The people of the Minimum Viable Book

11/26/2014

We have never, ever had a bad interview for the Minimum Viable Book. No really.

I leave every interview with a little buzz on, saying “one more thing!” and “I can’t believe our time is already up!” Writing these ‘making of’ posts – and writing our actual book – has really made me pause and wonder why that is.

If I had to guess, I’d say the awesome, head-expanding vibe is something to do with the people who dare to reply to our interview requests.

People preoccupied with doing the thing

The folks we’ve been contacting often know very little about the principles of agile and lean, but they are very experienced in doing the thing they do. We look for makers and doers of all kinds of cool and kooky things around the world. These people are normally so preoccupied with getting their UAV (unmanned aerial vehicle) off the ground, or running a laser cutting studio, or helping kids learn after school, that they’ve hardly had time to reflect on the way they do things.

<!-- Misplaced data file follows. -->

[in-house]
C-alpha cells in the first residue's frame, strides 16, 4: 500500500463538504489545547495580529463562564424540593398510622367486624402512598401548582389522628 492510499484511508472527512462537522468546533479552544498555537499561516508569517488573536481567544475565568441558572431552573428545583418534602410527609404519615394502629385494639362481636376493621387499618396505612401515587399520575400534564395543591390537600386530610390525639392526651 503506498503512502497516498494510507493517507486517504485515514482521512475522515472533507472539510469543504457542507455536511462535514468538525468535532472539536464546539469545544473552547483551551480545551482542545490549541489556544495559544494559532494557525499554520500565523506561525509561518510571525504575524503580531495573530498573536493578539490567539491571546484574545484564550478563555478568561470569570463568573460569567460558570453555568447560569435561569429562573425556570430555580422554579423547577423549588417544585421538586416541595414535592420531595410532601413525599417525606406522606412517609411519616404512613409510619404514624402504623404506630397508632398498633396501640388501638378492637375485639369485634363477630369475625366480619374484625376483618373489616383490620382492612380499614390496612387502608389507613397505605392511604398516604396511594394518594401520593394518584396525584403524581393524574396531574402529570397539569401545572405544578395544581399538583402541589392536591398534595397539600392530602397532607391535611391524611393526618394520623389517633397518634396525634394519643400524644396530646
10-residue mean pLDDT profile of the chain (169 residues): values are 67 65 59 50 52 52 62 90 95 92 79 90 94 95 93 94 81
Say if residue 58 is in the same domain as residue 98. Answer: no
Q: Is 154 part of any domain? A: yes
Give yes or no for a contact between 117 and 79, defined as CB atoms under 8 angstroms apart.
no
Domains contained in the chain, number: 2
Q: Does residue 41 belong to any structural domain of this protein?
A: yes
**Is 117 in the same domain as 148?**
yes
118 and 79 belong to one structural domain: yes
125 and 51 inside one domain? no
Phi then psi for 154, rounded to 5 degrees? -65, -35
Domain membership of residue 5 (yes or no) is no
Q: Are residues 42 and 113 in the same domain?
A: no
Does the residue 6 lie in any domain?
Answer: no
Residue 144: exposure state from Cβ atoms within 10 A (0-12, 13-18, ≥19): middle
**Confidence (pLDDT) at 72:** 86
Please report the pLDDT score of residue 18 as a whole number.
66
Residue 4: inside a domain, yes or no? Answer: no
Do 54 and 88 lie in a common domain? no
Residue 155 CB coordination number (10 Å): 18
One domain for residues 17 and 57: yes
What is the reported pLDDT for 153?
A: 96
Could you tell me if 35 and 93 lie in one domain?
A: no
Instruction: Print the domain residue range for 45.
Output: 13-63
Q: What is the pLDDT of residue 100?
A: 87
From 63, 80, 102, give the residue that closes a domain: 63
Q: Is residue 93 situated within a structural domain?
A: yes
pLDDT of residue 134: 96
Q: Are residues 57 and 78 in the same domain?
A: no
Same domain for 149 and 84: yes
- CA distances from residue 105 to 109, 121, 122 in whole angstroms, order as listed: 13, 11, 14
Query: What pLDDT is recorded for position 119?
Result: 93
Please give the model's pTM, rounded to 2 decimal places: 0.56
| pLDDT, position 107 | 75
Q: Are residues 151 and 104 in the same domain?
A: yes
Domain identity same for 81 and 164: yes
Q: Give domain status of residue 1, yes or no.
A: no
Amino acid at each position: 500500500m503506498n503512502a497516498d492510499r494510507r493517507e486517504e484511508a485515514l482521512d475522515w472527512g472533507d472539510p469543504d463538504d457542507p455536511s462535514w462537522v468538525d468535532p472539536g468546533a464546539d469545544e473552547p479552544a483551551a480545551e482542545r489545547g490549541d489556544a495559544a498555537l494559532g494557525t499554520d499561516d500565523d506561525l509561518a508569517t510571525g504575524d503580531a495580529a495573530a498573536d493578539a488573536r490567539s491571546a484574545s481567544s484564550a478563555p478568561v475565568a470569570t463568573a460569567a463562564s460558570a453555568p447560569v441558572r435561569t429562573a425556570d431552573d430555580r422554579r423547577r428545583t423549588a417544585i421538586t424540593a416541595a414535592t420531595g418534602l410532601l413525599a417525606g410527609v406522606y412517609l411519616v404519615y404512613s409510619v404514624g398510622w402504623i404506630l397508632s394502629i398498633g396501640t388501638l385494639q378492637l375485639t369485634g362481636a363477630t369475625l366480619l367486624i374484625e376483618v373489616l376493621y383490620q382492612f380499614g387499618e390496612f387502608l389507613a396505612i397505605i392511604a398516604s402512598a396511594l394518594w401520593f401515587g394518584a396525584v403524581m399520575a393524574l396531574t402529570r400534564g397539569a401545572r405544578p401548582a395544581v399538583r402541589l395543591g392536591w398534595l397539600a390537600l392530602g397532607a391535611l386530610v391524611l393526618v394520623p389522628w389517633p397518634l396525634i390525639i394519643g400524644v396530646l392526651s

And why would they? They are part of a movement of people who ignore the dogma, start small, take tiny calculated risks, iterate as fast as possible and are/will be the ones responsible for a new wave of innovation in their industry. The way they do things changes all the time.

Curious and generous people

They are the people who responded to an email, from strangers, out of the blue, asking if they could find some time for an interview about ‘making things happen’. They were curious and generous enough to give up their time for a chat about something random and abstract. They took a leap into the unknown.

We’re currently writing about the slow, risk-averse innovation cycles in consumer aviation verses UAVs after speaking with Mathieu Johnsson, an aerospace engineer from Bristol UK. We’re also writing about the emphasis of teaching kids to put effort in, rather than teaching kids to ‘get it right’ after speaking to Catriona Mclay from the Hackney Pirates.

Our minds continue to expand after every conversation, and we can’t wait to introduce you to these folks in our newspaper beta release in February 2015.